Do-It-Yourself Exercises to Beat Foot and Ankle Pain

Healthy Foot, Happy Gait

The foot and ankle is a very complex and involved area in the body. Each foot is made up of 26 bones, 30 joints, and more than 100 muscles, tendons, and ligaments, all of which work together to provide support, balance, and mobility (1).

Figure 1(2).

These bones, joints, and muscles all then dynamically work together to form three “rockers” that make up the ability for us to walk. Figure 2 illustrates the three-foot and ankle rockers that work together in the gait cycle.

Figure 2(3)

In a walking gait, the heel strikes first in the heel rocker, then we roll through the portion of the joint where the ankle meets the foot in the second (ankle) rocker, and then we progress to toe-off where we move through the forefoot rocker. The proper mechanics in these rockers depend on proper mobility and stability in the foot. 

In general, for the rockers to all perform appropriately and to prevent pain and injury in the foot, there are specific mobility and stability needs in the foot. 


  • The heel bone needs to be mobile
  • The midfoot needs to be stable
  • The ankle needs to be mobile
  • The great toe needs to be mobile

When the areas that need to be mobile or stable, lack that integrity it can cause an overload on tissues and joints that lead to the most common foot, ankle, and lower leg injuries, such as:

  • Plantar fasciitis
  • Bunions
  • Hallux Rigidus
  • Hammer Toes
  • Shin splints
  • unstable/weak ankles
  • Heel pain
  • Posterior tibial tendonitis 
  • Peroneal tendonitis
  • Morton’s neuromas

Additionally, as outlined in our DIY Knee Exercises article, misuse of the foot and ankle joint can cause issues up the chain, like a decrease in knee cartilage, knee arthritis, hip pain and arthritis, and even back pain!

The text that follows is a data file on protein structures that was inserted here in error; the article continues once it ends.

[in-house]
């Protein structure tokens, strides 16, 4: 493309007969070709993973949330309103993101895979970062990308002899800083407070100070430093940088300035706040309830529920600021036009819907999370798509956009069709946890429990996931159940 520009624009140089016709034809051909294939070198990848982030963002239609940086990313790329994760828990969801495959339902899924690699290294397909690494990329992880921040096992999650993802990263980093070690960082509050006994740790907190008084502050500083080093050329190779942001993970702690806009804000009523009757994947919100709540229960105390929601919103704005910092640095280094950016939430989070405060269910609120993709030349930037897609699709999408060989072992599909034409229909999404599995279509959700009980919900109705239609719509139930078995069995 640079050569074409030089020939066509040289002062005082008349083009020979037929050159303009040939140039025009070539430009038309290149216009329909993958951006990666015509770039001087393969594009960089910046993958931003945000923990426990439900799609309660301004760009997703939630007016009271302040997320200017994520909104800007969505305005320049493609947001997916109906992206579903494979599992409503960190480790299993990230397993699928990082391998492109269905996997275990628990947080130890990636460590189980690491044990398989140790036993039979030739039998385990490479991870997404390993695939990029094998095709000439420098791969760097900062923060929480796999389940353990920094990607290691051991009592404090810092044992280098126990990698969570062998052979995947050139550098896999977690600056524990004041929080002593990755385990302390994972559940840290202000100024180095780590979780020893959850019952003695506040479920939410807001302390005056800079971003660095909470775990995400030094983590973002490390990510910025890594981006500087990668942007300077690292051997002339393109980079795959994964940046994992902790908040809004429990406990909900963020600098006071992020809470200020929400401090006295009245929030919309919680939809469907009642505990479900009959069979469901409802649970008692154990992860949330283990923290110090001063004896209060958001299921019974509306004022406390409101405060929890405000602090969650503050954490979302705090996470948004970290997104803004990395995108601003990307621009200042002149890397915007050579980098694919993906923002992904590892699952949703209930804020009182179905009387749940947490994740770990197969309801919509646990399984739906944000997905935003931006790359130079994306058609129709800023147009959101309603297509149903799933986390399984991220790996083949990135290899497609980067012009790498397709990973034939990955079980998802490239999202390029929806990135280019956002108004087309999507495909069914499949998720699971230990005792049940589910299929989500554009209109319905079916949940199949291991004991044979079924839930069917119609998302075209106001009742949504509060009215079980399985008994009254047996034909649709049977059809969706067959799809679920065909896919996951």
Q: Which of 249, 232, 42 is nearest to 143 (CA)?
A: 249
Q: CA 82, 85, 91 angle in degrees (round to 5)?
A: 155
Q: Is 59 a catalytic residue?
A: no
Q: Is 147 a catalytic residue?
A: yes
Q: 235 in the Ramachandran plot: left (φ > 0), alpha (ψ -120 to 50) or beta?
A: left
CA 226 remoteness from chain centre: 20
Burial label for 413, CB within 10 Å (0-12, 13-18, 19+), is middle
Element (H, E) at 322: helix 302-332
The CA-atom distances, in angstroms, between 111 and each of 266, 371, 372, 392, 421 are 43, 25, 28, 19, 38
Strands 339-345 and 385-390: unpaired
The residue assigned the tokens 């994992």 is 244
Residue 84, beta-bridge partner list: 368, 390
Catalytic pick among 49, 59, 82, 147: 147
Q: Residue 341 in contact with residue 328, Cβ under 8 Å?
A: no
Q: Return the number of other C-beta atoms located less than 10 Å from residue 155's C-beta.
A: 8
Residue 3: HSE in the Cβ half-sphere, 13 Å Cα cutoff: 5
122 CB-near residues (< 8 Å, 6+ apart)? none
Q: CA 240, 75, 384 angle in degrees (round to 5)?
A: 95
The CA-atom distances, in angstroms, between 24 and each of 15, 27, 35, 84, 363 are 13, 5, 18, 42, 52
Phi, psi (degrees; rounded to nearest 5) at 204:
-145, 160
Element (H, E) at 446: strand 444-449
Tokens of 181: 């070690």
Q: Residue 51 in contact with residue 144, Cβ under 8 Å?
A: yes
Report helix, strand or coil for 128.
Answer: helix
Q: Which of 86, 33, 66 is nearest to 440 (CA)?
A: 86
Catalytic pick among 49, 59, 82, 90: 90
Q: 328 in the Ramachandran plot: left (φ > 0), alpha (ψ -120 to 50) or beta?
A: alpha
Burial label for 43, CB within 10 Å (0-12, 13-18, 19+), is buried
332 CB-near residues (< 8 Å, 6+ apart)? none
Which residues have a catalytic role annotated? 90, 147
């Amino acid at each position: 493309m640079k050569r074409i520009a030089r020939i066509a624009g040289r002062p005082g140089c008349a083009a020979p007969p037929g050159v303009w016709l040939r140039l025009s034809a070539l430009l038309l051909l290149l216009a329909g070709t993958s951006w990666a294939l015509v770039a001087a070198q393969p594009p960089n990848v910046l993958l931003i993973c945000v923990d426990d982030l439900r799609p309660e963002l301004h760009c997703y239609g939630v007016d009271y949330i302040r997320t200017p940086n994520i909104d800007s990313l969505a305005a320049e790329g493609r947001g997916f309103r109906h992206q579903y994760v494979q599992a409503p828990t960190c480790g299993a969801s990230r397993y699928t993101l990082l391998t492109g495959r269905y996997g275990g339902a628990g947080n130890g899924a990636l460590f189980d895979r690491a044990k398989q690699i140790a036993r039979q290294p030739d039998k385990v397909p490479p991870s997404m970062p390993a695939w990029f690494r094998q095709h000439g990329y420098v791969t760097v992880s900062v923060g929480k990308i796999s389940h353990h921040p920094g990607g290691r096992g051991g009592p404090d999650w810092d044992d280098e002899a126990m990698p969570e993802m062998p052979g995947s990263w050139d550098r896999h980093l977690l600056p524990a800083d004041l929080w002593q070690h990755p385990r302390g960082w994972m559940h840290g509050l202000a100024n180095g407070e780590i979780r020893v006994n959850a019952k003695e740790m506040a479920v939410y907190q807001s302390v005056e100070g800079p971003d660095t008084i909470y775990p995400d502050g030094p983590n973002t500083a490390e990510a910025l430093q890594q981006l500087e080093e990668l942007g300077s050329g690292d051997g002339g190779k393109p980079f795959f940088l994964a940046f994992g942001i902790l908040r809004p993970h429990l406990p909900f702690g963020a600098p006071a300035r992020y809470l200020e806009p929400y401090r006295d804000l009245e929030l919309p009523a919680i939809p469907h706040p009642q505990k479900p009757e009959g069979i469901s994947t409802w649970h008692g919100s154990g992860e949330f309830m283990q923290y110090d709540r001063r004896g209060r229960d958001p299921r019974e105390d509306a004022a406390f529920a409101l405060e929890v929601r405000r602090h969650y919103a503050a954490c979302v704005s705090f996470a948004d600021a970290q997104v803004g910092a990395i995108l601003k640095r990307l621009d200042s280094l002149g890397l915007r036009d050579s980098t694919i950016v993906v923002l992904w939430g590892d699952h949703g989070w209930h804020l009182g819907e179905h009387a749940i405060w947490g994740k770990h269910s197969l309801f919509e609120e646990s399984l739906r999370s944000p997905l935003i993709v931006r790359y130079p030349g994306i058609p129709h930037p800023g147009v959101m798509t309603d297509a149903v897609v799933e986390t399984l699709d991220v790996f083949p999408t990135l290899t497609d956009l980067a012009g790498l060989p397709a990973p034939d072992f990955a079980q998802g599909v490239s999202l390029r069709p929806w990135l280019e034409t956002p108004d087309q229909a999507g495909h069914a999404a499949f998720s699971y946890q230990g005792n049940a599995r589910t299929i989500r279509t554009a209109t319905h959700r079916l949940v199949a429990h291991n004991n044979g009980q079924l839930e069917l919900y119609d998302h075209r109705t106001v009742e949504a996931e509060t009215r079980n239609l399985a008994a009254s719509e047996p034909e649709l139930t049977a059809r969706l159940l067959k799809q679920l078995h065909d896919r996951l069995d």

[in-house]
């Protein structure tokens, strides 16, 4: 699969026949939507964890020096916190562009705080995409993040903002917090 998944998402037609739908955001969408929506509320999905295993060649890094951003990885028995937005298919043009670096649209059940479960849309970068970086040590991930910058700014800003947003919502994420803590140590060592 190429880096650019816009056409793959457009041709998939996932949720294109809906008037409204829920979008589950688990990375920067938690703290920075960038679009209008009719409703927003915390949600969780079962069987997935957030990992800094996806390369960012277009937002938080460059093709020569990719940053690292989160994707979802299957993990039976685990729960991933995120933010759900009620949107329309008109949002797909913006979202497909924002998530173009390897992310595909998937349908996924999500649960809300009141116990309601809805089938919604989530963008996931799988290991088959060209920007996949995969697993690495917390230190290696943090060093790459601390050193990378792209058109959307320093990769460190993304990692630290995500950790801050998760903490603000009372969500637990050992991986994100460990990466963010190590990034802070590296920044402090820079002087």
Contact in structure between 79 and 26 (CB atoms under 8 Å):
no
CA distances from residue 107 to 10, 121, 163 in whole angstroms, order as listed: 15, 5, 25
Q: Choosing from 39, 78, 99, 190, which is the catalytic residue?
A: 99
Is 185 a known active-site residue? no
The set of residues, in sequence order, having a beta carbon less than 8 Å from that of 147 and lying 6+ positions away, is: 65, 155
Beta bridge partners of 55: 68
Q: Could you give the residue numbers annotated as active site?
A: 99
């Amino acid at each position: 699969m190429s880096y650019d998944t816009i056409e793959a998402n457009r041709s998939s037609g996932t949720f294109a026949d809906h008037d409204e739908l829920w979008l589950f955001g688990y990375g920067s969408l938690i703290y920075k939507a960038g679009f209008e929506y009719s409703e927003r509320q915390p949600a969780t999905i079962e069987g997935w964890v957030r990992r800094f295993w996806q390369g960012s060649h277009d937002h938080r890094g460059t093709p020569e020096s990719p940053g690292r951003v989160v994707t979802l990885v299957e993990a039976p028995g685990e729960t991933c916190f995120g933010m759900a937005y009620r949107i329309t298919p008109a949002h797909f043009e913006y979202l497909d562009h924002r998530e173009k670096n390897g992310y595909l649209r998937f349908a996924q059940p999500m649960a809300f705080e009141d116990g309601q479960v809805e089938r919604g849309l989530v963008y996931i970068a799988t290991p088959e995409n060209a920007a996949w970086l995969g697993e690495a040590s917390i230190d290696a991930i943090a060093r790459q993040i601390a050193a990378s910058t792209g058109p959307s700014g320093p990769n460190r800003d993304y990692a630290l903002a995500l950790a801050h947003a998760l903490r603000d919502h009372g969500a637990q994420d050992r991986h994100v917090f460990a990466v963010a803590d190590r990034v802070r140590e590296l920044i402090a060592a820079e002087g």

What happens when certain parts of the foot lose mobility or stability?

For a healthy foot, we generally need a flexible heel, a stable midfoot/arch, a mobile ankle, and a mobile big toe. Here, we will learn what this means and then discuss DIY ways to improve flexibility or strength in these areas.

Heel Mobility

Examples of heel stiffness in Figure 3 show that the heel, through repetitive motion and accumulated stiffness over time, the heel either can turn in or out to an extent that becomes problematic to a healthy gait cycle.

Figure 3

The Heel Fix

Heel Bone Stretch

  • Cross the involved leg over the opposite thigh with the ankle outside of the thigh.
  • Grasp the ankle with both hands below the malleolus (ankle bone).
  • Push with both thumbs so that your heel and forefoot rotate downward until you feel a stretch just below the ankle bone where your thumbs are.
  • Maintain the stretch for 1 minute

Heel Figure 8

  • Take a hold of your heel and your forefoot with each hand
  • Try to create figure 8’s throughout the heel
  • Focus on trying to make the heel wiggle
  • Perform mobilization for 1-2 minutes

Midfoot/ Arch Stability

Examples of heel stiffness in Figure 3 show that the heel, through repetitive motion and accumulated stiffness over time, the heel either can turn in or out to an extent that becomes problematic to a healthy gait cycle.

Figure 4

When a foot overpronates, as in Figure 4, it can put the shin muscles into overloaded positions, causing shin splints. It also can put extra pressure on the plantar fascia leading to plantar fasciitis. Long-term overpronation can also contribute to the formation of bunions or the presence of Morton’s neuromas.

The Arch Fix

Floor Scoops

  • Sit on the edge of a chair with the feet flat on the ground 
  • Begin with the affected foot turned out
  • Perform a short foot exercise: increase the height of the arch by actively attempting to approximate the ball of the foot towards the heel, without flexing the toes
  • While maintaining the contraction, slide the affected foot across the floor to a neutral position 
  • Return to start position and repeat the exercise for 2 sets of 10 repetitions
  • To progress, perform the previously described floor wipe maneuver and upon reaching a neutral position lift the inside of the foot off the ground while maintaining the outside of the foot in contact with the ground